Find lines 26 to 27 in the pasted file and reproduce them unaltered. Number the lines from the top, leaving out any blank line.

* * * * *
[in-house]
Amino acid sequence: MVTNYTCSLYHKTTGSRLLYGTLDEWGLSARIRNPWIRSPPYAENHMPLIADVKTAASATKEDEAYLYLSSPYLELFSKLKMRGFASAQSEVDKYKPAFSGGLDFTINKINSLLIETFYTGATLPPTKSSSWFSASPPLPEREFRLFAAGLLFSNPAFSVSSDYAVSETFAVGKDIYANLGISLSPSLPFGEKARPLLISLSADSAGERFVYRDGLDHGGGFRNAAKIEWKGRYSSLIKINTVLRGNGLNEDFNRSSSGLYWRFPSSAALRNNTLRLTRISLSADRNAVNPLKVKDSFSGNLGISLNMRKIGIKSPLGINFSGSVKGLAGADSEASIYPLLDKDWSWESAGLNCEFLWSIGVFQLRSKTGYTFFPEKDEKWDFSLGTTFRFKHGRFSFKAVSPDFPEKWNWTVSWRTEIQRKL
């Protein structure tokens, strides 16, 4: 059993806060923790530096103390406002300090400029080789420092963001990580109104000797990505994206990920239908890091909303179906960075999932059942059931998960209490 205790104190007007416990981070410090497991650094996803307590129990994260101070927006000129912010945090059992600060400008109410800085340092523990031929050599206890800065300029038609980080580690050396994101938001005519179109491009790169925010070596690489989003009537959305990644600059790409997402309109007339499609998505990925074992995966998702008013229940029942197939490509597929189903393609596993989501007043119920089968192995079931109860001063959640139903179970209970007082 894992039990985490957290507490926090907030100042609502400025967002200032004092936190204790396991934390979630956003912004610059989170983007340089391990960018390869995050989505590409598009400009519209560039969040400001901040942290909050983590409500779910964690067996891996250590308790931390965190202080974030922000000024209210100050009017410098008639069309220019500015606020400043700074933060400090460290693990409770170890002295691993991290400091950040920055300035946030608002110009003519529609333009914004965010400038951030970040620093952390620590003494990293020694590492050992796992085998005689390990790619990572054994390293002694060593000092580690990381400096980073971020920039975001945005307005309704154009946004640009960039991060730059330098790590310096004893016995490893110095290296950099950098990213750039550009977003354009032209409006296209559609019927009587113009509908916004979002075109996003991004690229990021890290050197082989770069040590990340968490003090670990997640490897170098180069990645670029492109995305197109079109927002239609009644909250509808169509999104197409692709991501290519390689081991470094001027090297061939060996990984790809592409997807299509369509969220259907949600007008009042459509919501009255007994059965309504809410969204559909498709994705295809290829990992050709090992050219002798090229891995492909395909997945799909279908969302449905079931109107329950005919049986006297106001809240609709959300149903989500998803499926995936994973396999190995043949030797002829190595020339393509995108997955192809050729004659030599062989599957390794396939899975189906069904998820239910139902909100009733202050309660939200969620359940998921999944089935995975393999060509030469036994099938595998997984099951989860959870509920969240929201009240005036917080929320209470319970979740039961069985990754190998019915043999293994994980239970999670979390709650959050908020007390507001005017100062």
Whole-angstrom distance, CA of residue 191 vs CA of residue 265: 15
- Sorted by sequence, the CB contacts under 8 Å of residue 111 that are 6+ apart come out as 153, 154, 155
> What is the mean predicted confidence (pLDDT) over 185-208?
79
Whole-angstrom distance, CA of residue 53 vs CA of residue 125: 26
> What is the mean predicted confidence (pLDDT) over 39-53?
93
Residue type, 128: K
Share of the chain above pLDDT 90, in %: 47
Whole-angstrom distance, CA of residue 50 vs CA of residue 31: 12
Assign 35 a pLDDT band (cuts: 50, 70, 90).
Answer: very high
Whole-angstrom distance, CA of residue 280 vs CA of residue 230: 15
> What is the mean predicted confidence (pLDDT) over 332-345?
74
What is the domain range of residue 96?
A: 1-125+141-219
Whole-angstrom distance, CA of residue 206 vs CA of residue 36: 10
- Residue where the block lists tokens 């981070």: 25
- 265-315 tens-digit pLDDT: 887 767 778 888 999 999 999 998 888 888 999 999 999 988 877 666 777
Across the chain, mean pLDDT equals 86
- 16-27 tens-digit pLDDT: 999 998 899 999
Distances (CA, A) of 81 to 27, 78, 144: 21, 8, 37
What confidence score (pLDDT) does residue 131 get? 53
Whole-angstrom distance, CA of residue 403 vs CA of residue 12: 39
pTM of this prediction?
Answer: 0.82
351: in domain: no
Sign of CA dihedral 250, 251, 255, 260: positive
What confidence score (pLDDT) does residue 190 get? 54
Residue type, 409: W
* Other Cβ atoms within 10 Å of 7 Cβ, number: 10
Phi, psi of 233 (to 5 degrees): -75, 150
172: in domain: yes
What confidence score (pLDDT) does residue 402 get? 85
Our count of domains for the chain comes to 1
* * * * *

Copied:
Distances (CA, A) of 81 to 27, 78, 144: 21, 8, 37
What confidence score (pLDDT) does residue 131 get? 53